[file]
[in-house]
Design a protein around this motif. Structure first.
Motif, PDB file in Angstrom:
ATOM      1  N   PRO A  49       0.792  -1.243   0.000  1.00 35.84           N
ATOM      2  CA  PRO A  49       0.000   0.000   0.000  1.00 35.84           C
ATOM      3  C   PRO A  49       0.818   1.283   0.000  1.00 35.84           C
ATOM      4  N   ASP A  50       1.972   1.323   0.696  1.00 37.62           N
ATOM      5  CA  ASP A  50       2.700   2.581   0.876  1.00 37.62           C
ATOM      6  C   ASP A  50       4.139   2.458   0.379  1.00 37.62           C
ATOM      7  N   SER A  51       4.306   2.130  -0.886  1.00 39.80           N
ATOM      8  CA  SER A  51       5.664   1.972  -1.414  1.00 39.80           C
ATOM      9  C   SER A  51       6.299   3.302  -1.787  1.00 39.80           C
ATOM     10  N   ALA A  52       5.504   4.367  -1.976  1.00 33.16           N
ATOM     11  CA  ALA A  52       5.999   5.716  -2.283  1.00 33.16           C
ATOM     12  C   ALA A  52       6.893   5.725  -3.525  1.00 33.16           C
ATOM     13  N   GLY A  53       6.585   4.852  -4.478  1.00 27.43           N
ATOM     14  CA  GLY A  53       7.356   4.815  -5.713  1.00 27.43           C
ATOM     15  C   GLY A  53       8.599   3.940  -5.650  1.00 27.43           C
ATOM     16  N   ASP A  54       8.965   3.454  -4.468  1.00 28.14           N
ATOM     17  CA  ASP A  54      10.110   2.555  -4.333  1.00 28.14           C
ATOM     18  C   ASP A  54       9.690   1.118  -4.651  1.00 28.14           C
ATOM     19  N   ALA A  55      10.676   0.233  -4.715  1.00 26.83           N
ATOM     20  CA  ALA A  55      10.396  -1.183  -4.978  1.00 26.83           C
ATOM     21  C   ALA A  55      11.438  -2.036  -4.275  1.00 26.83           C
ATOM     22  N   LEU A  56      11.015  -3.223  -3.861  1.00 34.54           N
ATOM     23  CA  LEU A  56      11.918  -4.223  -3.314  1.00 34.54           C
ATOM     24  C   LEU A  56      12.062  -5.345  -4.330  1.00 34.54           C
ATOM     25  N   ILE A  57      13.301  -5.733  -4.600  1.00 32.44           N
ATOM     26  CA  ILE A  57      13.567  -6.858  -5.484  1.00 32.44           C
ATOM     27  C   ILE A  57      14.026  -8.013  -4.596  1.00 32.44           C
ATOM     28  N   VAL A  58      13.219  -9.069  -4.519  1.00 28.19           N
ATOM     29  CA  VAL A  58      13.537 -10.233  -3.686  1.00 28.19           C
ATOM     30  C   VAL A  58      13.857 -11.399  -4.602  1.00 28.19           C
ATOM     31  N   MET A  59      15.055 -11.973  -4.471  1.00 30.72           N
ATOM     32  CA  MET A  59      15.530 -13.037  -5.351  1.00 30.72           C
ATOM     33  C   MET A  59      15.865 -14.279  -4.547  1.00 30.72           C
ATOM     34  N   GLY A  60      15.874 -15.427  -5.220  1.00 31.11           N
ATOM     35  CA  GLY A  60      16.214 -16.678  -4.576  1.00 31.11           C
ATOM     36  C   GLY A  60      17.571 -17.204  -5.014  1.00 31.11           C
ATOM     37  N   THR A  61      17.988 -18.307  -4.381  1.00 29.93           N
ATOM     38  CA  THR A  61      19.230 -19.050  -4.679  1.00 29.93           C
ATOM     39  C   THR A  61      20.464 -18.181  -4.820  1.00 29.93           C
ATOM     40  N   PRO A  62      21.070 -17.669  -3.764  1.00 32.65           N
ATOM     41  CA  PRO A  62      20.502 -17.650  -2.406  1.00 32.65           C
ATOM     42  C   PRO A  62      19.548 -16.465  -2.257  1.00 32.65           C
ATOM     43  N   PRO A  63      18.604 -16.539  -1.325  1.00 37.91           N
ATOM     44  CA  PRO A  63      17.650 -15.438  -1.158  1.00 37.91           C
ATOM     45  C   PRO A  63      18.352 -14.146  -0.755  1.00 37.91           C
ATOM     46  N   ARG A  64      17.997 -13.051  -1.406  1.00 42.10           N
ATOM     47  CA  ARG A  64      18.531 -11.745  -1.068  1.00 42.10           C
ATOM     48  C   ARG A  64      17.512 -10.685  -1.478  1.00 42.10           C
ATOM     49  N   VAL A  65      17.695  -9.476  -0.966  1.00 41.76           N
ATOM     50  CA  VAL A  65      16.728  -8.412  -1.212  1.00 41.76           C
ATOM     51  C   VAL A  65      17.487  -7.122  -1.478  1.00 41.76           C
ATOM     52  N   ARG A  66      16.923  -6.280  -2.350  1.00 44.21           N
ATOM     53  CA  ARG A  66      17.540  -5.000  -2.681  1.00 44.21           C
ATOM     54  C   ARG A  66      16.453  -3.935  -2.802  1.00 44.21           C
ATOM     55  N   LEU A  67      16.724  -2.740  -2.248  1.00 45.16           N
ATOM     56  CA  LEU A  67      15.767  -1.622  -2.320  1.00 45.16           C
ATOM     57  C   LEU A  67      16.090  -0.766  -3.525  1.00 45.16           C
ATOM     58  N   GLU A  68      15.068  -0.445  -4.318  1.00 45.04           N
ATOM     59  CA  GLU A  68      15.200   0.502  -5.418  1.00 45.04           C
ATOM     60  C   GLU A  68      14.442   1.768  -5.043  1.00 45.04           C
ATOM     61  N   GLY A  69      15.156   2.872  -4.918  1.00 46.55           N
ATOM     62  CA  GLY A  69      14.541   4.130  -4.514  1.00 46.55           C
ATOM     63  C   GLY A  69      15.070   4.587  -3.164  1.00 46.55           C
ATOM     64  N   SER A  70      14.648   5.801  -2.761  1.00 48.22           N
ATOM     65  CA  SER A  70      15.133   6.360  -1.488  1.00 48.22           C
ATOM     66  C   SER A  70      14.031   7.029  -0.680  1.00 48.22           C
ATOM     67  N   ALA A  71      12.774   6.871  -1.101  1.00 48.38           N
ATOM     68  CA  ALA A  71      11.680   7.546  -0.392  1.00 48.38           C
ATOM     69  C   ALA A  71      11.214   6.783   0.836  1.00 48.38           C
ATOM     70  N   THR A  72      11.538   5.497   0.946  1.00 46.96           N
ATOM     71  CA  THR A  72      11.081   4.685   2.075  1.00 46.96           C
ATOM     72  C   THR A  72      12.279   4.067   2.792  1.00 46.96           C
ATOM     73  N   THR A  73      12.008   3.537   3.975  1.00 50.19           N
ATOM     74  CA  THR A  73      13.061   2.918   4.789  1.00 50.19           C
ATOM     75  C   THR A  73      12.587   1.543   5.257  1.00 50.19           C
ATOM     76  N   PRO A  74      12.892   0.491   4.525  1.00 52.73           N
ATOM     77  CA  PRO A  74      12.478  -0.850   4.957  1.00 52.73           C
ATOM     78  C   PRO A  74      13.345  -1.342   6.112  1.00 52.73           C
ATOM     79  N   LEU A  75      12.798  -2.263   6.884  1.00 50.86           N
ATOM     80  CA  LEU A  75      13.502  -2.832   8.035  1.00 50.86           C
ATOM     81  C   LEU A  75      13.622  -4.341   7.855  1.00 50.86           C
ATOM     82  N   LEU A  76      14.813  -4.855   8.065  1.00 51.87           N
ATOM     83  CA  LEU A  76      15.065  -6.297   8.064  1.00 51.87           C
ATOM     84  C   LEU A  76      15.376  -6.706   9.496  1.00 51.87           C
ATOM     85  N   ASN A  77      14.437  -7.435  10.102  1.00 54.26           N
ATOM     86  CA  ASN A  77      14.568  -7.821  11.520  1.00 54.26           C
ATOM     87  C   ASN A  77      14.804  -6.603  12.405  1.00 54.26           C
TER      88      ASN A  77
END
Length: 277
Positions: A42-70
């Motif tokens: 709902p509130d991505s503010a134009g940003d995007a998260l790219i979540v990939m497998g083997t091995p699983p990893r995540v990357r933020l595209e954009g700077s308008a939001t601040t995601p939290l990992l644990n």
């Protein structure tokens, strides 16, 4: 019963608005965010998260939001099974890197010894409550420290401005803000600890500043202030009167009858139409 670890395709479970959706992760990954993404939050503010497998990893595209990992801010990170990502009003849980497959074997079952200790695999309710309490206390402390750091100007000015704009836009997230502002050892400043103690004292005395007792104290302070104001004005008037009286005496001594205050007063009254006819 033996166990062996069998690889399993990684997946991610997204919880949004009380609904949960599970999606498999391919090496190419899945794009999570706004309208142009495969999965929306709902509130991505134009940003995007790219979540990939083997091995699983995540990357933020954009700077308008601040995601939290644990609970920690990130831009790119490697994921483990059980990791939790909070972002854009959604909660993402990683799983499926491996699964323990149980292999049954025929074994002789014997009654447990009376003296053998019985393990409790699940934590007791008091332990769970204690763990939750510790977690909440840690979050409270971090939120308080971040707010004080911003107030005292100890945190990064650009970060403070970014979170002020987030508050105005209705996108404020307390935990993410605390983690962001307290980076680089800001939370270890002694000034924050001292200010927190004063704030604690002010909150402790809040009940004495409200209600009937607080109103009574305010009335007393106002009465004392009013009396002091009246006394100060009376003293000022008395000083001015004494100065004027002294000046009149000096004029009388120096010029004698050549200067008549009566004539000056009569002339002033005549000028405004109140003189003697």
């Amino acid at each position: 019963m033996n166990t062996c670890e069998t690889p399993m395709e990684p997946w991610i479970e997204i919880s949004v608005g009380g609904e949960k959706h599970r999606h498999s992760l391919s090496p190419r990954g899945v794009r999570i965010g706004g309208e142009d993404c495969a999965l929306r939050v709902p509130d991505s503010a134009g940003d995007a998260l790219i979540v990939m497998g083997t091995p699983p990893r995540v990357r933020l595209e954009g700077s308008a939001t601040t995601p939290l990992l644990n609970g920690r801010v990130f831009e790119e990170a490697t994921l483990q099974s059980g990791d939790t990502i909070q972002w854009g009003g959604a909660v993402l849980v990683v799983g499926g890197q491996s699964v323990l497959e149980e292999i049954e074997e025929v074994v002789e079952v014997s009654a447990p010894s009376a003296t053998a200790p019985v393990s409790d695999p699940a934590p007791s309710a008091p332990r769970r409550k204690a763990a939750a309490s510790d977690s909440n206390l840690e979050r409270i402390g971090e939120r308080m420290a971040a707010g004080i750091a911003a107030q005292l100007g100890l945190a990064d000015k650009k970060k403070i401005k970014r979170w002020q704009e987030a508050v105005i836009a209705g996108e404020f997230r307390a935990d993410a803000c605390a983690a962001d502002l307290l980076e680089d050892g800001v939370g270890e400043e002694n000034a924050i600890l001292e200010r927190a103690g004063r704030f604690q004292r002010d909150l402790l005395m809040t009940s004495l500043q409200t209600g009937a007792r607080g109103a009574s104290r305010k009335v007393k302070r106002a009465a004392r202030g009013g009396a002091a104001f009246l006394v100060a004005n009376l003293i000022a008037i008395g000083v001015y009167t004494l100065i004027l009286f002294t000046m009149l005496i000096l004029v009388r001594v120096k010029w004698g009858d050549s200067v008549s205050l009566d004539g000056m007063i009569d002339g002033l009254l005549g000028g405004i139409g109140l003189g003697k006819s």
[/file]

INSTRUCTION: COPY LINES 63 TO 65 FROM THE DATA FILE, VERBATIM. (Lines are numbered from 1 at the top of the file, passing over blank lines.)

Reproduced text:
ATOM     60  C   GLU A  68      14.442   1.768  -5.043  1.00 45.04           C
ATOM     61  N   GLY A  69      15.156   2.872  -4.918  1.00 46.55           N
ATOM     62  CA  GLY A  69      14.541   4.130  -4.514  1.00 46.55           C